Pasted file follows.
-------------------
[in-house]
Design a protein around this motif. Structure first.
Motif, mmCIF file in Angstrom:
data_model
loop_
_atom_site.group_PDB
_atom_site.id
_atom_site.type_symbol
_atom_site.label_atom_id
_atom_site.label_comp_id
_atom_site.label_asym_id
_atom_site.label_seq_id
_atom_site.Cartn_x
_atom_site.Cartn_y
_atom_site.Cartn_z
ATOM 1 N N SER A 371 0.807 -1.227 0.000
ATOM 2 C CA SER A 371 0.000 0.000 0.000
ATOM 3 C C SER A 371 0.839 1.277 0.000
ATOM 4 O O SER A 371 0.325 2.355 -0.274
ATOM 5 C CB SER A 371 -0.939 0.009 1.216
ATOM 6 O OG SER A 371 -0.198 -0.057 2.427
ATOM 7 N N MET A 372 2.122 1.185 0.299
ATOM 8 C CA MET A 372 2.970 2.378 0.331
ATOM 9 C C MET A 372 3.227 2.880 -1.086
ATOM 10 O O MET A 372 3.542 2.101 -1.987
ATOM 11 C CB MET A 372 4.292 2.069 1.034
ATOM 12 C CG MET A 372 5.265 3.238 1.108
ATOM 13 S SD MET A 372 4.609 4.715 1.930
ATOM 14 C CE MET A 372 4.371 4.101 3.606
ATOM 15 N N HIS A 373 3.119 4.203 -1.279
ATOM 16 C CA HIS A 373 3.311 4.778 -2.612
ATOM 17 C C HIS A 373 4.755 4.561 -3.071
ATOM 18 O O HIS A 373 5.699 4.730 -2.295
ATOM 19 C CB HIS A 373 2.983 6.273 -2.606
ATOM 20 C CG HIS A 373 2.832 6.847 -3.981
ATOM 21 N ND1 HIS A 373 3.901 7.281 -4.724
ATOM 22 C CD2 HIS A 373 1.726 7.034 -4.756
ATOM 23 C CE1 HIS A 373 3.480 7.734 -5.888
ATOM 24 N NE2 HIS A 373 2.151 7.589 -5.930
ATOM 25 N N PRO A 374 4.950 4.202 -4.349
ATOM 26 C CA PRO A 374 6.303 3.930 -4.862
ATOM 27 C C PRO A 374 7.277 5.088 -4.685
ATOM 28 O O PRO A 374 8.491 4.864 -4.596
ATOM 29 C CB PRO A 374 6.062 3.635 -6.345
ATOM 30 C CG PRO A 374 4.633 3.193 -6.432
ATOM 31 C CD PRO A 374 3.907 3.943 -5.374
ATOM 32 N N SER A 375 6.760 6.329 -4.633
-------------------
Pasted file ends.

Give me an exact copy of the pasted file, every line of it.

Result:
[in-house]
Design a protein around this motif. Structure first.
Motif, mmCIF file in Angstrom:
data_model
loop_
_atom_site.group_PDB
_atom_site.id
_atom_site.type_symbol
_atom_site.label_atom_id
_atom_site.label_comp_id
_atom_site.label_asym_id
_atom_site.label_seq_id
_atom_site.Cartn_x
_atom_site.Cartn_y
_atom_site.Cartn_z
ATOM 1 N N SER A 371 0.807 -1.227 0.000
ATOM 2 C CA SER A 371 0.000 0.000 0.000
ATOM 3 C C SER A 371 0.839 1.277 0.000
ATOM 4 O O SER A 371 0.325 2.355 -0.274
ATOM 5 C CB SER A 371 -0.939 0.009 1.216
ATOM 6 O OG SER A 371 -0.198 -0.057 2.427
ATOM 7 N N MET A 372 2.122 1.185 0.299
ATOM 8 C CA MET A 372 2.970 2.378 0.331
ATOM 9 C C MET A 372 3.227 2.880 -1.086
ATOM 10 O O MET A 372 3.542 2.101 -1.987
ATOM 11 C CB MET A 372 4.292 2.069 1.034
ATOM 12 C CG MET A 372 5.265 3.238 1.108
ATOM 13 S SD MET A 372 4.609 4.715 1.930
ATOM 14 C CE MET A 372 4.371 4.101 3.606
ATOM 15 N N HIS A 373 3.119 4.203 -1.279
ATOM 16 C CA HIS A 373 3.311 4.778 -2.612
ATOM 17 C C HIS A 373 4.755 4.561 -3.071
ATOM 18 O O HIS A 373 5.699 4.730 -2.295
ATOM 19 C CB HIS A 373 2.983 6.273 -2.606
ATOM 20 C CG HIS A 373 2.832 6.847 -3.981
ATOM 21 N ND1 HIS A 373 3.901 7.281 -4.724
ATOM 22 C CD2 HIS A 373 1.726 7.034 -4.756
ATOM 23 C CE1 HIS A 373 3.480 7.734 -5.888
ATOM 24 N NE2 HIS A 373 2.151 7.589 -5.930
ATOM 25 N N PRO A 374 4.950 4.202 -4.349
ATOM 26 C CA PRO A 374 6.303 3.930 -4.862
ATOM 27 C C PRO A 374 7.277 5.088 -4.685
ATOM 28 O O PRO A 374 8.491 4.864 -4.596
ATOM 29 C CB PRO A 374 6.062 3.635 -6.345
ATOM 30 C CG PRO A 374 4.633 3.193 -6.432
ATOM 31 C CD PRO A 374 3.907 3.943 -5.374
ATOM 32 N N SER A 375 6.760 6.329 -4.633